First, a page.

The city Department of Buildings (DOB) has confirmed that work on a defunct Glendale factory was not outside the bounds of the existing permit on the site, but Department of Environmental Protection (DEP) confirmation is still pending that no asbestos was disturbed during work on the building to convert it into an office building after a Tuesday morning inspection.
Multiple city agencies were investigating allegations that workers illegally removed asbestos material from 78-16 Cooper Ave., which was long rumored to be a potential homeless shelter.
That plan may be a step closer toward becoming a reality. In August, the owners of the building submitted an amendment to their application to include a “transient lodging house” which has not yet been approved, according to a DOB spokesman.
The DOB said they have not received specific floor plans for review on the amendment yet, but that the owners hoped to build a facility to accommodate about 100 beds.
Holden’s office, however, has said the DOB informed him of an issue with their records and this amendment goes back to August instead of January which the DOB confirmed.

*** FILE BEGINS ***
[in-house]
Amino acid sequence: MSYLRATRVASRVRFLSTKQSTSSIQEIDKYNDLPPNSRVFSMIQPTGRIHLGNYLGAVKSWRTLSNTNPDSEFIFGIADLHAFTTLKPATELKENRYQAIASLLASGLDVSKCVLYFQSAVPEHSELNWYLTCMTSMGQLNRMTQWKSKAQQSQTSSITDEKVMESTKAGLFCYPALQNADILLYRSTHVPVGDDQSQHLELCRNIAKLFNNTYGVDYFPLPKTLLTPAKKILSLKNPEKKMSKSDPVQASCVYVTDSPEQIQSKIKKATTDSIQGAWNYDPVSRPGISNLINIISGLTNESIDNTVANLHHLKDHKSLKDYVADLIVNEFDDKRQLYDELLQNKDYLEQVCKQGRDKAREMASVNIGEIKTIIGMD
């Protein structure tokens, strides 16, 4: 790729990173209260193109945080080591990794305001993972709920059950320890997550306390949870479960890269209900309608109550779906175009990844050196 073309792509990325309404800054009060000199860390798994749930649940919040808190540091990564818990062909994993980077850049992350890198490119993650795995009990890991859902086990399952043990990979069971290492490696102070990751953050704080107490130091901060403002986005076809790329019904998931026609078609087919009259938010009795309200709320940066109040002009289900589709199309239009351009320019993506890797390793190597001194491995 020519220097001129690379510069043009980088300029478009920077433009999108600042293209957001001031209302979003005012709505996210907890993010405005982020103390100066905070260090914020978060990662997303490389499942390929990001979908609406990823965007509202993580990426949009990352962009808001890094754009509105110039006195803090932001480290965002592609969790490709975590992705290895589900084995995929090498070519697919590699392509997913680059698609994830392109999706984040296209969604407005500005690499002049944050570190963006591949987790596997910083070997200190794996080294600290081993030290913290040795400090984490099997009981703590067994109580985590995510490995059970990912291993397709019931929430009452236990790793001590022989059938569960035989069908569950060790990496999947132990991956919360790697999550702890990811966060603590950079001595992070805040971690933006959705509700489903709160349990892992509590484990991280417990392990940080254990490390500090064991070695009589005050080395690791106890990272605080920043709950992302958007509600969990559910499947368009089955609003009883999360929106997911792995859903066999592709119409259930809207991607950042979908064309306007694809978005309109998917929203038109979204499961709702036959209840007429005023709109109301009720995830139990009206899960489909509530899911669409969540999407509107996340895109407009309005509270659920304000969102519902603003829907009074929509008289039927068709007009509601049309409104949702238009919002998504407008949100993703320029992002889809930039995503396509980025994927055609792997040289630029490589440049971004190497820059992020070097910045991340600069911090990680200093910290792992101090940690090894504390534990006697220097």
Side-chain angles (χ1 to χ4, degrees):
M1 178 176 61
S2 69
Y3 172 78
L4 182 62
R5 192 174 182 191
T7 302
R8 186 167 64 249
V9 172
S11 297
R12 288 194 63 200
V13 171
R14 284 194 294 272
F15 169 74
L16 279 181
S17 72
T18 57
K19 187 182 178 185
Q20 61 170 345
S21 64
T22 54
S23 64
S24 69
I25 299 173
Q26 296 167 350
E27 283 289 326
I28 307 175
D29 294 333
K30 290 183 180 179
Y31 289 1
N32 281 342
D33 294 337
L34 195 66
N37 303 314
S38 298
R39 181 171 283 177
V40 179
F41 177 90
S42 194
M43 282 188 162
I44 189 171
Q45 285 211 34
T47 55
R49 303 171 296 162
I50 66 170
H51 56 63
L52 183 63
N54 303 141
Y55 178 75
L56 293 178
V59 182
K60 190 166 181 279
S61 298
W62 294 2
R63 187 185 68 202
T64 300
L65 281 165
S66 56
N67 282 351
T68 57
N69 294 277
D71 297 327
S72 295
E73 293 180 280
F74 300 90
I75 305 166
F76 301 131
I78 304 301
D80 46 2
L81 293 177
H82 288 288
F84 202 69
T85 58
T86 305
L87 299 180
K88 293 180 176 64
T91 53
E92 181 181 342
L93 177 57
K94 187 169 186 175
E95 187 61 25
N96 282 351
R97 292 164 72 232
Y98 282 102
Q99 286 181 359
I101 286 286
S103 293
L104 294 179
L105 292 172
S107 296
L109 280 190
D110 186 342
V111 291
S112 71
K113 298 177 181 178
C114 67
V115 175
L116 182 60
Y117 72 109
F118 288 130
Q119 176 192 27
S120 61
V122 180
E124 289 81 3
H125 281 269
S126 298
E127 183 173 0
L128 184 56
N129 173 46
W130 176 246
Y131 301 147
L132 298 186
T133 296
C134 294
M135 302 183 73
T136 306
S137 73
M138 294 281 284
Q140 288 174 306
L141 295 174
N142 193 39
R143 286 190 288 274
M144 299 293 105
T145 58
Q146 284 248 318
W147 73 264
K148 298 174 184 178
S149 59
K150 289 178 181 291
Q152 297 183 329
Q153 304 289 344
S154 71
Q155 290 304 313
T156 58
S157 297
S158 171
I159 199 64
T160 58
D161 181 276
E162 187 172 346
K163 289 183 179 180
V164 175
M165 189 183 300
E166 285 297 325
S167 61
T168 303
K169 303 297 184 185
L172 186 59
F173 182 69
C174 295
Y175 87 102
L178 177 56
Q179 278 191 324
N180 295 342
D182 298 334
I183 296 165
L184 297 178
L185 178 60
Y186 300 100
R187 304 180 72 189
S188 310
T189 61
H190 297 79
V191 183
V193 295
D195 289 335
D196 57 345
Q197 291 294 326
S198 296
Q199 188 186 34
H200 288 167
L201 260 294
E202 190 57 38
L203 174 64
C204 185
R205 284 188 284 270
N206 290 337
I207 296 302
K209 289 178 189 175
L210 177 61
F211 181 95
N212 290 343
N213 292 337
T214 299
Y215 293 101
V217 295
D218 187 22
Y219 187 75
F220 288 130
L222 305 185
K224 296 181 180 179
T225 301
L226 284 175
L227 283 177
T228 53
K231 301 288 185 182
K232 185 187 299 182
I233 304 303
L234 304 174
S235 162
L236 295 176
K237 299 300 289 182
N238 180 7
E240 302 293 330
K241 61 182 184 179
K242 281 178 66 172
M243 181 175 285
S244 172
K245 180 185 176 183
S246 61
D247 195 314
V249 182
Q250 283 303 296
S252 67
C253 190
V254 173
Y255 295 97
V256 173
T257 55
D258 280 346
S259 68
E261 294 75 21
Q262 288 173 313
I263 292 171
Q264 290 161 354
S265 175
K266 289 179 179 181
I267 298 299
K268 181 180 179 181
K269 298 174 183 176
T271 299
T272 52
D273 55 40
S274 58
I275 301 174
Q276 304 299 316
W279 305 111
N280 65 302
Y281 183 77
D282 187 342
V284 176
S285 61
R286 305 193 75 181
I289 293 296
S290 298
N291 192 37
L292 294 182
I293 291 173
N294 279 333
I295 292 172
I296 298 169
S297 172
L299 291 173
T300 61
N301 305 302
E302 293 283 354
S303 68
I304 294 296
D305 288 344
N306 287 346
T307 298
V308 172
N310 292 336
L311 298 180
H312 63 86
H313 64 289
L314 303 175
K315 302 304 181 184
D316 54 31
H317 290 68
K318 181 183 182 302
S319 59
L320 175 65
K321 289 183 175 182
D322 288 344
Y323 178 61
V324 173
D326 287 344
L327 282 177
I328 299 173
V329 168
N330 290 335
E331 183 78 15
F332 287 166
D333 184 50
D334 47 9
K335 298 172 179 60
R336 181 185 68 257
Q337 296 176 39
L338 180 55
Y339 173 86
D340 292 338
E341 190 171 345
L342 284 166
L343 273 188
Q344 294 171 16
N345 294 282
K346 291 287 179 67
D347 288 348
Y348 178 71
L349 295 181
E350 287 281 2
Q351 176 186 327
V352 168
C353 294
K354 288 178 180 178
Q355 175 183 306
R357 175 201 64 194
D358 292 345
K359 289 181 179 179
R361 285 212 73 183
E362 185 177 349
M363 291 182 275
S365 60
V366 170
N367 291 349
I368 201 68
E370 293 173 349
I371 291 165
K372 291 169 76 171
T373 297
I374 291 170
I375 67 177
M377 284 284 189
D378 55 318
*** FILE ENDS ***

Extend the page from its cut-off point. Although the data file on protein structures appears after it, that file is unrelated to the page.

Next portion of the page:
Video surfaced on the Glendale Civic Association Facebook page on Monday night that depicted two individuals who claimed to be “from the community” confronting a worker who had been supposedly removing floor tile from the site.
Last night, Glendale residents noticed workers at the property and expressed their concerns by contacting my staff and I, and submitting 311 complaints,” Holden said on Jan. 15. “One of my staff members went to the scene last night, and I stopped by the site this morning when NYC Environmental Protection was responding to the situation. After placing several calls to the commissioner’s office, the DEP has informed me that a stop-work order was issued until test results confirm whether or not asbestos was disturbed by the workers.”